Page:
Jodie Fox

Co-founder - Shoes of Prey

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At the helm of one of Australia’s start-up success stories, Co-Founder and Chief Creative Officer of custom shoe label Shoes of Prey, Jodie Fox, came close to pursuing a very different career path — ballet.

It was her father who piqued her interest in international business — not just the romance of travel but also the type of work and possibilities — and she really held onto his advice as she shaped her career.

Jodie grew up in the small country town of Lismore, New South Wales in a family of impoverished Sicilian immigrants who prized family and education above all. From a young age, she learnt the value of hard and meaningful work driven by passion and the importance of a good education. 

Throughout her childhood, Jodie was heavily immersed in creativity. She started ballet at the age of 2 ½ and continued through to her final years of high school. Faced with a choice in her senior year to continue ballet or be the first in her family to go to university, Jodie decided to study law and international business.

She went on to become a banking and finance lawyer, where deep down, she knew her heart and creative mind were unhappy.

Knowing her family cared about her happiness as much as her success, she took the plunge and turned from practicing law to the world of advertising. It was there that she learnt about building a brand before taking yet another leap of faith to do something that nobody else in the world was doing — to provide women all around the world with shoes designed for them by them — and launch Shoes of Prey, the world’s first website where women could customise their own shoes online. 

The idea for Shoes of Prey came about as Jodie was solving a problem of her own. She had always liked shoes, but constantly had trouble finding the perfect pair of shoes that really embodied her style. It wasn’t until she could design her own shoes that she truly loved them. While traveling, she found someone with whom she could commission shoe designs. As her shoe collection grew and became more and more impressive, her friends and colleagues started asking where she was getting them and she began commissioning shoes for them too.

At the same time, her would-be co-founders, Michael Fox and Mike Knapp, were at Google and saw a real opportunity in the online retail space. With the marriage of the two ideas, Shoes of Prey was born and launched in 2009. 

With no experience or guidance on how to run an online custom shoe business or even any knowledge about shoe manufacturing, it was no doubt a risky move for the trio to leave their jobs to pursue this ‘crazy’ business idea. But it paid off — the business broke even within two months, hit multi-million dollar revenue within two years and is now a global multi-million dollar company with a syndicate of influential investors including Techcrunch founder Mike Arrington, Khosla Ventures and Blackbird Ventures.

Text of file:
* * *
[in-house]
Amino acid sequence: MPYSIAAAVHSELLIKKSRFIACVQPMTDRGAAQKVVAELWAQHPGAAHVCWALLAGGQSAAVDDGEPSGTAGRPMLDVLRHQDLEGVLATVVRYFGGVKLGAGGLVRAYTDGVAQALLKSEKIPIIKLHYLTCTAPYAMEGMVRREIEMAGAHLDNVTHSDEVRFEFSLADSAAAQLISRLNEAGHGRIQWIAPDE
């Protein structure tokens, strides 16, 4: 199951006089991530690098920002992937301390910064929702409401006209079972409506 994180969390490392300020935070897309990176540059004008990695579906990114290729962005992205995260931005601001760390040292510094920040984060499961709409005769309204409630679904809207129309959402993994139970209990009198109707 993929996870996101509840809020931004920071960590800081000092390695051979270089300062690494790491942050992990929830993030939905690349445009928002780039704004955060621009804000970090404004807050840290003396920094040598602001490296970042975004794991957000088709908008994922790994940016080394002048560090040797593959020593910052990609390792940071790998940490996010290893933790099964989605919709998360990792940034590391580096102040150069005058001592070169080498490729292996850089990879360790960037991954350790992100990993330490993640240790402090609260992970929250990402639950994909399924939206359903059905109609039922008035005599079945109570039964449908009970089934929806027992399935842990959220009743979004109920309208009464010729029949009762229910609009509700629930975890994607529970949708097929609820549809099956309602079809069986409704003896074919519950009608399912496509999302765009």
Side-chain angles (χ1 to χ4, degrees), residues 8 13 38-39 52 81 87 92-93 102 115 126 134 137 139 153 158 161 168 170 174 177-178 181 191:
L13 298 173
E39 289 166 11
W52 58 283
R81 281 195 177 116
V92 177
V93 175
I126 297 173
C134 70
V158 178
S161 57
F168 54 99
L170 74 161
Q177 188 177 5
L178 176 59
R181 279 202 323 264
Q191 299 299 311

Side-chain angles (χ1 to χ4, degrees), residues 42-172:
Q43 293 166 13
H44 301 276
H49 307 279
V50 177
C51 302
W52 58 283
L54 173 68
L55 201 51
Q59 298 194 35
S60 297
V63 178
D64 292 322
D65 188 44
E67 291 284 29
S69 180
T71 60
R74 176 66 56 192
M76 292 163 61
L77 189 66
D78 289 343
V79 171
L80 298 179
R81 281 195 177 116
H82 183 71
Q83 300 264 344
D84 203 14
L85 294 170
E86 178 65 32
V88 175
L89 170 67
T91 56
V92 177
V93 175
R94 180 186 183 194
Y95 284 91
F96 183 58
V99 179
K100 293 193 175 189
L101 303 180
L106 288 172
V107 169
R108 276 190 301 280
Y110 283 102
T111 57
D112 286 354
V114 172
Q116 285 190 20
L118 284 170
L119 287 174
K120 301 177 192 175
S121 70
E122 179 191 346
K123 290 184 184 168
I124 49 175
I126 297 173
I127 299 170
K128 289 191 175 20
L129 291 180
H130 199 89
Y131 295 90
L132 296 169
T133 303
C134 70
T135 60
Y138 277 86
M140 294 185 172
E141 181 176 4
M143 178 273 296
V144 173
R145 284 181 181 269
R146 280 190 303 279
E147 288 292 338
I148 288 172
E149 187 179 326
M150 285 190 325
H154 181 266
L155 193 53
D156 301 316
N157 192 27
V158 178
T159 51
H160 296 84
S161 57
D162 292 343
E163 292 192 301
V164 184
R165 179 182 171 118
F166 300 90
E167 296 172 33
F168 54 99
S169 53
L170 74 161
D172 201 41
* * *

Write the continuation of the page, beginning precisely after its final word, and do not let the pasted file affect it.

Today, Shoes of Prey is recognized as a global pioneer of mass customisation in fashion. It has established itself as a disrupter that is challenging the traditional retail model and revolutionising the way women shop for shoes. 

They’ve been one of the driving forces of the mass customisation trend that we have come accustomed to and now, in fact, expect. While many brands experimented with personalisation experiences, Shoes of Prey was conceived and built around the idea of customisation and allowed women to design every part of their shoes — everything from the style, colours, materials, heel height and heel type — from day one. 

They built their own factory and developed innovative manufacturing processes and technology in house to be able to manufacture products on-demand and at scale. Shoe designed are handcrafted by the brand’s trained technicians and delivered straight to customers within two weeks. 

The brand has had over 6 million shoes designed on its website, ships to customers in over 100 countries, has raised around US $25 million in capital and has Nordstrom as a key strategic investor in the business. 

Shoes of Prey has won a string of awards, including the World Retail Award 2013 for the Store Design of the Year <1200 for its first store, defeating retail giants Karl Lagerfeld, Puma and others, Online Retailer of the Year 2014 at the Online Retail Industry Awards, Best International Conqueror 2015 at the Online Retail Industry Awards and Retail Innovator of the Year 2016 at the Australian Retail Awards. Jodie was named Telstra's 2011 business woman of the year for private and corporate, one of the top 30 most influential women in Australian retail 2014, one of the top 10 Australian female entrepreneurs for 2014, Elle Style Awards Fashion Innovator for 2015, Griffith University's Outstanding Business Alumni for 2015, Top 8 Entrepreneurs to Watch (2015), Top 50 People in E-Commerce (2016) and listed as number 6 in the Top 50 Australian and New Zealand Women in Tech (2016).

And none of it might have ever happened, had she decided to fulfil her childhood dream to become a ballerina.

Jodie Fox appears at The Sunrise Conference where she will share more about how her journey from pliés to law to global e-commerce trailblazer.